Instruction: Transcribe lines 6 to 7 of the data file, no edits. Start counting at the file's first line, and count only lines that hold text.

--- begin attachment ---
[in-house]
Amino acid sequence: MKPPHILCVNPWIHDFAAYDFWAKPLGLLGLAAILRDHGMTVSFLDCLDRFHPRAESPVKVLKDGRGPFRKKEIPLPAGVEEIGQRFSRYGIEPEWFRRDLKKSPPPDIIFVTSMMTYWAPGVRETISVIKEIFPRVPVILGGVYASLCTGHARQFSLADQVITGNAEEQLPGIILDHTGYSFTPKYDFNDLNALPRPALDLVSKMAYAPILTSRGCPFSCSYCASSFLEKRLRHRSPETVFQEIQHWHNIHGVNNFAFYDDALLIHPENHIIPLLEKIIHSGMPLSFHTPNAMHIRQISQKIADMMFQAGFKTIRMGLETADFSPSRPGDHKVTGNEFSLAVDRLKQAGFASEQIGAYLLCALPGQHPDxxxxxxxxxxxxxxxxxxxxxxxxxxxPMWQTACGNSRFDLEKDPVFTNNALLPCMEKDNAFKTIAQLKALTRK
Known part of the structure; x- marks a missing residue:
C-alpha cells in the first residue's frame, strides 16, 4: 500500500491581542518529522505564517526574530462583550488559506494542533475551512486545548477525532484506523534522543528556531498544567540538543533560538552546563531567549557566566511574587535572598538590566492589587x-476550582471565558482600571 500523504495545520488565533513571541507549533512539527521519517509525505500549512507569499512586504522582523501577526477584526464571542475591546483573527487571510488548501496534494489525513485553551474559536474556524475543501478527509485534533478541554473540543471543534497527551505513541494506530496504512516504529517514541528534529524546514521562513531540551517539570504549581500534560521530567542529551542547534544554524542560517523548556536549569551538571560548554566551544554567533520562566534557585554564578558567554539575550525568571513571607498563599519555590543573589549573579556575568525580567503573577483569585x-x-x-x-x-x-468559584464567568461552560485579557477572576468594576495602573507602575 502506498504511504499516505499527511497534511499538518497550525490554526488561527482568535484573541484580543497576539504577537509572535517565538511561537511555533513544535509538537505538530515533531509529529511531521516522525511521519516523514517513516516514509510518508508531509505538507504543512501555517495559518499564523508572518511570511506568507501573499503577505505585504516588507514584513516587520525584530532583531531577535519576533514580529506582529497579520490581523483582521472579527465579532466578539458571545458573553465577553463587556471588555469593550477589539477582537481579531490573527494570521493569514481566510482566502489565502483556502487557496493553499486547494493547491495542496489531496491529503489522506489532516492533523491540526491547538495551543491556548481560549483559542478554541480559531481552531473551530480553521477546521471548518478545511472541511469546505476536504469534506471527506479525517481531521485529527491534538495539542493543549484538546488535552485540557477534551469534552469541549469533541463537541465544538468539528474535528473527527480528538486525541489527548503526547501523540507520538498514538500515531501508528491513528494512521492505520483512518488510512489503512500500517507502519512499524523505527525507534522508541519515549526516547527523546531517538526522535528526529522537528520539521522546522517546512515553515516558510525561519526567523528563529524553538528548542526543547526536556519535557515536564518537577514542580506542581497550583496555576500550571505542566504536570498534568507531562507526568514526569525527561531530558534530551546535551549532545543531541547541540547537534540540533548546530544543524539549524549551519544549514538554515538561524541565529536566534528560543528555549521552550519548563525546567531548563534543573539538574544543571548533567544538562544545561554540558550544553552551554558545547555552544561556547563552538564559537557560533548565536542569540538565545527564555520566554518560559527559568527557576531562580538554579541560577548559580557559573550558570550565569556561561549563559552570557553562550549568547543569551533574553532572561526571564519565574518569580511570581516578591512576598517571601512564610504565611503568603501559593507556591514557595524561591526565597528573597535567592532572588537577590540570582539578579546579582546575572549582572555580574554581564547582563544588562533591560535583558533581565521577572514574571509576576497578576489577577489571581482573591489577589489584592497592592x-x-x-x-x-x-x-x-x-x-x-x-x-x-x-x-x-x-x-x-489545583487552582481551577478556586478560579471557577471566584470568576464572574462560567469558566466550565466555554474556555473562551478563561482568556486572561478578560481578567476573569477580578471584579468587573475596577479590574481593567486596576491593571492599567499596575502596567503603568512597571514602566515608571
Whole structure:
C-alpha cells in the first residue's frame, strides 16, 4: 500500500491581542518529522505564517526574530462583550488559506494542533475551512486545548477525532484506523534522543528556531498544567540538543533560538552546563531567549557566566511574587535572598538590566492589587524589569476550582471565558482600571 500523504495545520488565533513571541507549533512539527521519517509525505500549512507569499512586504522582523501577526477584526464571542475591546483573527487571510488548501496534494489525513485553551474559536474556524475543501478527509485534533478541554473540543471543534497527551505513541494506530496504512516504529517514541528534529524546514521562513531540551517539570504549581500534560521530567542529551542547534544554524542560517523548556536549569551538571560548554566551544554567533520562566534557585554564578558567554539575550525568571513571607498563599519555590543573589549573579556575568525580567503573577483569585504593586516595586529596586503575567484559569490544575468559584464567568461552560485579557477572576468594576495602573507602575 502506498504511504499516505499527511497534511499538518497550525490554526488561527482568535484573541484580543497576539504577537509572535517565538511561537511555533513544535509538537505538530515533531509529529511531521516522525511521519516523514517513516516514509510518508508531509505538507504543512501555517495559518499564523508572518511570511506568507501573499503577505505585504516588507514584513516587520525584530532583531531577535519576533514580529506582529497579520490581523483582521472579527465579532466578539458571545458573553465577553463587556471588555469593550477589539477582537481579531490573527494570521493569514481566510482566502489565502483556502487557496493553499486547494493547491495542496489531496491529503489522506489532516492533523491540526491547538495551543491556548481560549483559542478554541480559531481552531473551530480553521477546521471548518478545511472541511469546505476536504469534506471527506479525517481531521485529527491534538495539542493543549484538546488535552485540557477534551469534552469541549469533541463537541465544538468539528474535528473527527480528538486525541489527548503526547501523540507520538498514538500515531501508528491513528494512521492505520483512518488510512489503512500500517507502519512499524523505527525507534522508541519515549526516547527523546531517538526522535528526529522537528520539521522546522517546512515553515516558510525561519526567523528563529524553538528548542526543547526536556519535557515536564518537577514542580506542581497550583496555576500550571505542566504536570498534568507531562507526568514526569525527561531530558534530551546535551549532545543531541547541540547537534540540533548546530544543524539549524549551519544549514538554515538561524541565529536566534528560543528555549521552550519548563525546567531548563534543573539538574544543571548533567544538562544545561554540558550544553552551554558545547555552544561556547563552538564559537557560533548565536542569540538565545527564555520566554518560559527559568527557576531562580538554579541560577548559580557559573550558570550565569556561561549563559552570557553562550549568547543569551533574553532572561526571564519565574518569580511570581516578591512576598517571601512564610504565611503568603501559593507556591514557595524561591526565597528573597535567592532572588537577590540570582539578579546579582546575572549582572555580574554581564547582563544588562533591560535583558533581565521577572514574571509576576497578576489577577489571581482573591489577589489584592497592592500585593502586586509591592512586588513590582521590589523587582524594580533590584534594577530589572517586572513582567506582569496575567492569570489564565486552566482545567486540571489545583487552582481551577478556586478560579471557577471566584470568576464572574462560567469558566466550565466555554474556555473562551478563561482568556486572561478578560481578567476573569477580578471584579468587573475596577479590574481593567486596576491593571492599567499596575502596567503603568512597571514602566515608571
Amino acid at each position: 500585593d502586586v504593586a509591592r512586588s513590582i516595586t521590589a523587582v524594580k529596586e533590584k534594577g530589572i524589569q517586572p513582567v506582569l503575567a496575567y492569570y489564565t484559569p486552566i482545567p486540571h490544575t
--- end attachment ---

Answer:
C-alpha cells in the first residue's frame, strides 16, 4: 500500500491581542518529522505564517526574530462583550488559506494542533475551512486545548477525532484506523534522543528556531498544567540538543533560538552546563531567549557566566511574587535572598538590566492589587524589569476550582471565558482600571 500523504495545520488565533513571541507549533512539527521519517509525505500549512507569499512586504522582523501577526477584526464571542475591546483573527487571510488548501496534494489525513485553551474559536474556524475543501478527509485534533478541554473540543471543534497527551505513541494506530496504512516504529517514541528534529524546514521562513531540551517539570504549581500534560521530567542529551542547534544554524542560517523548556536549569551538571560548554566551544554567533520562566534557585554564578558567554539575550525568571513571607498563599519555590543573589549573579556575568525580567503573577483569585504593586516595586529596586503575567484559569490544575468559584464567568461552560485579557477572576468594576495602573507602575 502506498504511504499516505499527511497534511499538518497550525490554526488561527482568535484573541484580543497576539504577537509572535517565538511561537511555533513544535509538537505538530515533531509529529511531521516522525511521519516523514517513516516514509510518508508531509505538507504543512501555517495559518499564523508572518511570511506568507501573499503577505505585504516588507514584513516587520525584530532583531531577535519576533514580529506582529497579520490581523483582521472579527465579532466578539458571545458573553465577553463587556471588555469593550477589539477582537481579531490573527494570521493569514481566510482566502489565502483556502487557496493553499486547494493547491495542496489531496491529503489522506489532516492533523491540526491547538495551543491556548481560549483559542478554541480559531481552531473551530480553521477546521471548518478545511472541511469546505476536504469534506471527506479525517481531521485529527491534538495539542493543549484538546488535552485540557477534551469534552469541549469533541463537541465544538468539528474535528473527527480528538486525541489527548503526547501523540507520538498514538500515531501508528491513528494512521492505520483512518488510512489503512500500517507502519512499524523505527525507534522508541519515549526516547527523546531517538526522535528526529522537528520539521522546522517546512515553515516558510525561519526567523528563529524553538528548542526543547526536556519535557515536564518537577514542580506542581497550583496555576500550571505542566504536570498534568507531562507526568514526569525527561531530558534530551546535551549532545543531541547541540547537534540540533548546530544543524539549524549551519544549514538554515538561524541565529536566534528560543528555549521552550519548563525546567531548563534543573539538574544543571548533567544538562544545561554540558550544553552551554558545547555552544561556547563552538564559537557560533548565536542569540538565545527564555520566554518560559527559568527557576531562580538554579541560577548559580557559573550558570550565569556561561549563559552570557553562550549568547543569551533574553532572561526571564519565574518569580511570581516578591512576598517571601512564610504565611503568603501559593507556591514557595524561591526565597528573597535567592532572588537577590540570582539578579546579582546575572549582572555580574554581564547582563544588562533591560535583558533581565521577572514574571509576576497578576489577577489571581482573591489577589489584592497592592500585593502586586509591592512586588513590582521590589523587582524594580533590584534594577530589572517586572513582567506582569496575567492569570489564565486552566482545567486540571489545583487552582481551577478556586478560579471557577471566584470568576464572574462560567469558566466550565466555554474556555473562551478563561482568556486572561478578560481578567476573569477580578471584579468587573475596577479590574481593567486596576491593571492599567499596575502596567503603568512597571514602566515608571
Amino acid at each position: 500585593d502586586v504593586a509591592r512586588s513590582i516595586t521590589a523587582v524594580k529596586e533590584k534594577g530589572i524589569q517586572p513582567v506582569l503575567a496575567y492569570y489564565t484559569p486552566i482545567p486540571h490544575t